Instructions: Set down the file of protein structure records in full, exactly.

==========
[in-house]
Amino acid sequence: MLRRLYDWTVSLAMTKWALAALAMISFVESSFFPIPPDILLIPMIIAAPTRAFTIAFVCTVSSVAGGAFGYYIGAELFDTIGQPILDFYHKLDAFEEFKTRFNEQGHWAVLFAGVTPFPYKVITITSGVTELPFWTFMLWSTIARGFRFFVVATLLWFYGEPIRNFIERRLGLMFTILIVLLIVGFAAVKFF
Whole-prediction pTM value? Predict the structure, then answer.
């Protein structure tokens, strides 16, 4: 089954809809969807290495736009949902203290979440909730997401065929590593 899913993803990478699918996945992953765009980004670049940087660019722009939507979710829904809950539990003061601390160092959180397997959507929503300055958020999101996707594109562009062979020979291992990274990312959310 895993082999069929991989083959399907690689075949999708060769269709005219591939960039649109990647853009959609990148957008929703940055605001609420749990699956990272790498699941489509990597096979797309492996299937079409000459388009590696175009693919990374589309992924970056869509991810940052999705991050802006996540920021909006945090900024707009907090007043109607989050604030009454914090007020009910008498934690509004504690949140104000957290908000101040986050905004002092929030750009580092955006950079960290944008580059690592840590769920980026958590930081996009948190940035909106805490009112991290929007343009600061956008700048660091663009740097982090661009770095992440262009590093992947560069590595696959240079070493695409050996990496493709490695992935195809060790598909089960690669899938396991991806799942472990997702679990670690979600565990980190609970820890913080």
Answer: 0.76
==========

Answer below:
[in-house]
Amino acid sequence: MLRRLYDWTVSLAMTKWALAALAMISFVESSFFPIPPDILLIPMIIAAPTRAFTIAFVCTVSSVAGGAFGYYIGAELFDTIGQPILDFYHKLDAFEEFKTRFNEQGHWAVLFAGVTPFPYKVITITSGVTELPFWTFMLWSTIARGFRFFVVATLLWFYGEPIRNFIERRLGLMFTILIVLLIVGFAAVKFF
Whole-prediction pTM value? Predict the structure, then answer.
């Protein structure tokens, strides 16, 4: 089954809809969807290495736009949902203290979440909730997401065929590593 899913993803990478699918996945992953765009980004670049940087660019722009939507979710829904809950539990003061601390160092959180397997959507929503300055958020999101996707594109562009062979020979291992990274990312959310 895993082999069929991989083959399907690689075949999708060769269709005219591939960039649109990647853009959609990148957008929703940055605001609420749990699956990272790498699941489509990597096979797309492996299937079409000459388009590696175009693919990374589309992924970056869509991810940052999705991050802006996540920021909006945090900024707009907090007043109607989050604030009454914090007020009910008498934690509004504690949140104000957290908000101040986050905004002092929030750009580092955006950079960290944008580059690592840590769920980026958590930081996009948190940035909106805490009112991290929007343009600061956008700048660091663009740097982090661009770095992440262009590093992947560069590595696959240079070493695409050996990496493709490695992935195809060790598909089960690669899938396991991806799942472990997702679990670690979600565990980190609970820890913080």
Answer: 0.76